Annor Walker’s Midas Touch Has Great Olympics Transformed & Dreaming Again
Remember the halcyon days of Accra Great Olympics, when the club was a force to reckon with both home and abroad?
And yet there was once such a time when winning silverware at the highest level was achievable for Olympics, a time when they even reached the semi-final of the African Cup of Champions Clubs (precursor of the CAF Champions League).
With the sort of committed and talented players that other teams in Ghana’s elite division craved, legendary footballers decorated by the club’s famous blue and white stripes in the course of its rich 67-year history, Olympics flew truly high.
The capital-based side hasn’t operated at that level for decades, however, going without a major title since winning the FA Cup in 1995. For their last league triumph, you’d have to go back another 21 years — long before the professional era began in Ghana.
Much of Olympics’ story in recent years has been about survival, a battle to retain — or regain, depending on the prevailing circumstances – their status as a top-flight club. This season’s narrative, though, promises to buck the trend, with Olympics finding themselves in unfamiliar territory.
The Dade Boys currently top the 2020/21 Ghana Premier League table, having won 10 of their 18 games and collected a total of 33 points. Even better, they’re playing a brand of football — characterized by tactical intelligence, pace on the counter-attack, and hunting in packs — that has captured the imagination by entertaining and, at times, enthralling.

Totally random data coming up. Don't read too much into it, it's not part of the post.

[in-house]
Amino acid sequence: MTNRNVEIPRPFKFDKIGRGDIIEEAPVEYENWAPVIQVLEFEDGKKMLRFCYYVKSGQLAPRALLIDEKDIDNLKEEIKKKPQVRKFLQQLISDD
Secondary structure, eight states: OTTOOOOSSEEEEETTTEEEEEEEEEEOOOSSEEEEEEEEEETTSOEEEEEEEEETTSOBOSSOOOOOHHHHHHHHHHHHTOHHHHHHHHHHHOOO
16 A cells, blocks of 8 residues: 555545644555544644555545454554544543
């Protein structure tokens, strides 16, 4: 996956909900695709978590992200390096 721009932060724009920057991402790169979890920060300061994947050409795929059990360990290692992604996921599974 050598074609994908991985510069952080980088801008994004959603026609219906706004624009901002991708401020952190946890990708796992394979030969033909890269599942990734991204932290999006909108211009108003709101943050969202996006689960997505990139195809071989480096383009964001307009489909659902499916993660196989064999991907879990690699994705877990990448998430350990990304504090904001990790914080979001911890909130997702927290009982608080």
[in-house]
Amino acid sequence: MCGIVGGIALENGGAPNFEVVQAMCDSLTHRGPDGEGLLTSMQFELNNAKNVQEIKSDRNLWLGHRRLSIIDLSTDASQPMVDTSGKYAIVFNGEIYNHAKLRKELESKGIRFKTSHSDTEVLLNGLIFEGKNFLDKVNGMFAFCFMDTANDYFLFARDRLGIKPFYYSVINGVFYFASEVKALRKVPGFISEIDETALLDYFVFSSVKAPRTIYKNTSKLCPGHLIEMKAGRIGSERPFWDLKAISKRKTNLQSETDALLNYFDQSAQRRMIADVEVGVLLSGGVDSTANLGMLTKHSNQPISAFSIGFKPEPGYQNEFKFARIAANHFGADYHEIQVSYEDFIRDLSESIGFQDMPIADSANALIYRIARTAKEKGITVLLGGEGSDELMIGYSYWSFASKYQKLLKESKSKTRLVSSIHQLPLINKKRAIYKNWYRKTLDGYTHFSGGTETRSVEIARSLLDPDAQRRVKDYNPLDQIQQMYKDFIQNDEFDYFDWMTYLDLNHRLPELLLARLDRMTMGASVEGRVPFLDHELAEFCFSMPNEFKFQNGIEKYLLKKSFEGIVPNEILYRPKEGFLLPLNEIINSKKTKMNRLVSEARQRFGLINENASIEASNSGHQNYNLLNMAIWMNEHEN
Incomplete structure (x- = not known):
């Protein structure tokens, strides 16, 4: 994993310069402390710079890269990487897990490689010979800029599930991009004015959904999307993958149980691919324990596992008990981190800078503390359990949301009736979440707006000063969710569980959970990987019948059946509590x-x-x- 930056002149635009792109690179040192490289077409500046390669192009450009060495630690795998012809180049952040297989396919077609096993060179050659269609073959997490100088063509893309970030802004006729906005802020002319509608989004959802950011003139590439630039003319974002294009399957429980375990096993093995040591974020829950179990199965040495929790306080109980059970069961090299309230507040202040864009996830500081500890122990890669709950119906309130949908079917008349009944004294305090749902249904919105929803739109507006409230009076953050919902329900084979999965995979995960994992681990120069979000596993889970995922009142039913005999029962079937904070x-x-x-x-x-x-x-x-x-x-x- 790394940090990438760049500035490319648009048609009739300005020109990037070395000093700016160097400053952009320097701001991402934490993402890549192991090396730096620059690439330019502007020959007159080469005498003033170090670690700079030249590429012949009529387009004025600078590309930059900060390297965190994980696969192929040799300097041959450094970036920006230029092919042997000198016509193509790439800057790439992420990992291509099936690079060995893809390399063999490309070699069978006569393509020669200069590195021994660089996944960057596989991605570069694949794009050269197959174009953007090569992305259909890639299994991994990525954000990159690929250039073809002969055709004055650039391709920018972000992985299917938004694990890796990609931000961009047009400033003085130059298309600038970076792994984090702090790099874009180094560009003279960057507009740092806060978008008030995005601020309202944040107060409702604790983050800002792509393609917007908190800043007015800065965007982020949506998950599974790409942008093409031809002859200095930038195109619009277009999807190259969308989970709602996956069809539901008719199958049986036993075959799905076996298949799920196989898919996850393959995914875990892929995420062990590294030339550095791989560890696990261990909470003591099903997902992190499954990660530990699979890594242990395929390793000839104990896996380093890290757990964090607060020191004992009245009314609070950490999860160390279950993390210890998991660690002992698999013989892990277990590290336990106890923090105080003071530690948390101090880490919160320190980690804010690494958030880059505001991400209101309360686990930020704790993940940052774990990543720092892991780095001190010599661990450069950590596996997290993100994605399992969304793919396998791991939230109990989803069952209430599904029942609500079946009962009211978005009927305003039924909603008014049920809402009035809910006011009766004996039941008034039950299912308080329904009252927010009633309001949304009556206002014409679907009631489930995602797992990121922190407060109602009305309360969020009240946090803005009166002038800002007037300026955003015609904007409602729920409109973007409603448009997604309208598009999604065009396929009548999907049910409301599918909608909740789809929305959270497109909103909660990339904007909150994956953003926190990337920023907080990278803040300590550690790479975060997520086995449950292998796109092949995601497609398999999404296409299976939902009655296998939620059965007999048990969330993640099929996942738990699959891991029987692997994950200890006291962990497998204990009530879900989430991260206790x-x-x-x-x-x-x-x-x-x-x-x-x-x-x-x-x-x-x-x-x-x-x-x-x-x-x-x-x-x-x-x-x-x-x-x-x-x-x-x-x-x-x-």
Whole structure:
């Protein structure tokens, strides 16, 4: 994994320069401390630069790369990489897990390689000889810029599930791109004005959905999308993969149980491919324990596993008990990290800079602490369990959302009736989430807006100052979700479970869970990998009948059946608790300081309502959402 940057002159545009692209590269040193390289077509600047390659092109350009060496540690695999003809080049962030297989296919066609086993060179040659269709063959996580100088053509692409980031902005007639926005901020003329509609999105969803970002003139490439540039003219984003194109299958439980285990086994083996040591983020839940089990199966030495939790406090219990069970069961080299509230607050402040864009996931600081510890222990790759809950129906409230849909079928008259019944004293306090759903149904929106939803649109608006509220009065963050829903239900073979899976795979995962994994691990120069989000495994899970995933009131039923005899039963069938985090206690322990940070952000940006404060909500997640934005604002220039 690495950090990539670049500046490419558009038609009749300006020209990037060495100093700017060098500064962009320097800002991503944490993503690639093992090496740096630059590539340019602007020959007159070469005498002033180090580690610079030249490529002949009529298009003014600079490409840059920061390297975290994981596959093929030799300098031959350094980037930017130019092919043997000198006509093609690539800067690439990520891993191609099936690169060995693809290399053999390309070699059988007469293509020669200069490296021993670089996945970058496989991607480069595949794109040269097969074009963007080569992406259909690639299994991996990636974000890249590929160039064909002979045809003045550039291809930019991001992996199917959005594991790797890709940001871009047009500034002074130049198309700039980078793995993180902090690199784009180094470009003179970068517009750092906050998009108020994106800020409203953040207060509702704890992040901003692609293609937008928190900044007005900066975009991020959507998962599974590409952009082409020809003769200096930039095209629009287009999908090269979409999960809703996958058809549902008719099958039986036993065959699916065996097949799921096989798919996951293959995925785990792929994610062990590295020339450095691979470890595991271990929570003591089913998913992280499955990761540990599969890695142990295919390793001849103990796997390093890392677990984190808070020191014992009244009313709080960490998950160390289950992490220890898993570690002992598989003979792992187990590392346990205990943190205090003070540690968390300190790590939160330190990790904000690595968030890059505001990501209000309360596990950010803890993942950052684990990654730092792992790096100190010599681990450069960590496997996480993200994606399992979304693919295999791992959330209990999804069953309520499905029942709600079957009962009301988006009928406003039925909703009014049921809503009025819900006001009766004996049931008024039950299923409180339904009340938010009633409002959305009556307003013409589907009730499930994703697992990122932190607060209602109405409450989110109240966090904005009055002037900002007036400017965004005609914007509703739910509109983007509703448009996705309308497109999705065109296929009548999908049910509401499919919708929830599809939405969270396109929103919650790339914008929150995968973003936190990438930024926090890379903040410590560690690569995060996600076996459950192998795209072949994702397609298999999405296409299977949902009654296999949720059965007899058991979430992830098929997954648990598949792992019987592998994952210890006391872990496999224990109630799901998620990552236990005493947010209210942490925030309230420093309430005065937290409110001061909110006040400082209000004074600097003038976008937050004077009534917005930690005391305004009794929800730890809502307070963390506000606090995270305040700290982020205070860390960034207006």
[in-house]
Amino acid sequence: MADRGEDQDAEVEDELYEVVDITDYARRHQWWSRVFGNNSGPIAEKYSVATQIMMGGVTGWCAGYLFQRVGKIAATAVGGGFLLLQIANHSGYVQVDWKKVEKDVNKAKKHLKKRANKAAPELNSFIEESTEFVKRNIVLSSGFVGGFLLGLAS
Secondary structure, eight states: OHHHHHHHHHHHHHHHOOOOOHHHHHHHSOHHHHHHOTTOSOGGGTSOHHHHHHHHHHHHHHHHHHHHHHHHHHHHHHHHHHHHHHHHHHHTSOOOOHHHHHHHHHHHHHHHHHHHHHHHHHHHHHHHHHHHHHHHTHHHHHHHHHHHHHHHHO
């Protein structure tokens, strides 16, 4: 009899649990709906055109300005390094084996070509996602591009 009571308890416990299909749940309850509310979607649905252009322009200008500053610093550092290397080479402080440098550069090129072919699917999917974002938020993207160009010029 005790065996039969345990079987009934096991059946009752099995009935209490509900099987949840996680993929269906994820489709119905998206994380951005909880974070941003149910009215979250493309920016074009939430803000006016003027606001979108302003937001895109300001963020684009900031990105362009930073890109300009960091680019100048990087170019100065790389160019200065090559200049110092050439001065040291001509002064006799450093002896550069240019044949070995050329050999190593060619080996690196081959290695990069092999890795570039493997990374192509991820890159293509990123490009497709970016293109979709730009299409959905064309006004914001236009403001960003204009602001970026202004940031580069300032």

Credit for that turnaround and upgrade goes, primarily, to head coach Annor Walker. His relationship with the rest of the technical staff has been very vital to the club’s impressive season, freeing the players from the burden of pressure and expectation.
It has helped the team focus on what can be controlled and ignore what can’t, believing that it can — and will, on a good day — beat any side. The fearlessness with which Olympics play, a relentless and devastating pressing game, tends to overwhelm most opponents, anyway.
Walker’s players practice the ‘five second rule’, which requires that the team presses the opposition in the first five seconds after losing possession before, if the ball isn’t immediately reclaimed, easing off.
That recoiling, though, is only to lay in wait for precise triggers to press again: that cue could come when a pass bounces off a foot, or when an attacker looks down a tad too long at the ball in plotting his next move.
Whatever the scenario, as soon as their opponents’ options are limited, Olympics pounce. That’s not to say, though, that they’re terrible without the ball – far from it.
Possession, for Walker’s team, isn’t the be all and end all; it could be said, in fact, that Olympics are arguably at their most dangerous when out of possession.
Between games, on the training field, Walker’s experience as a youth coach remains crucial to the work he does, guiding his players individually to make them technically better footballers.
Well-traveled skipper Gladson Awako, who can legitimately claim to have seen it all, has benefited, and the younger guys — like Maxwell Abbey Quaye, Phillip Sackey, Jamal Deen Haruna and Samuel Ashie Quaye — have improved even more.
And yet Walker, always modest, isn’t so keen to take any plaudits for what Olympics have achieved thus far.
“I’m really proud of what the players have done,” he said in a recent interview.
“They’ve shown a lot of bravery at times to go and play and try and win games against the best.”
Surely, though, if Olympics are able to reach their seasonal targets — glory, or thereabouts, from where they stand now — Walker wouldn’t be able to deflect much of the praise that would inevitably follow, would he?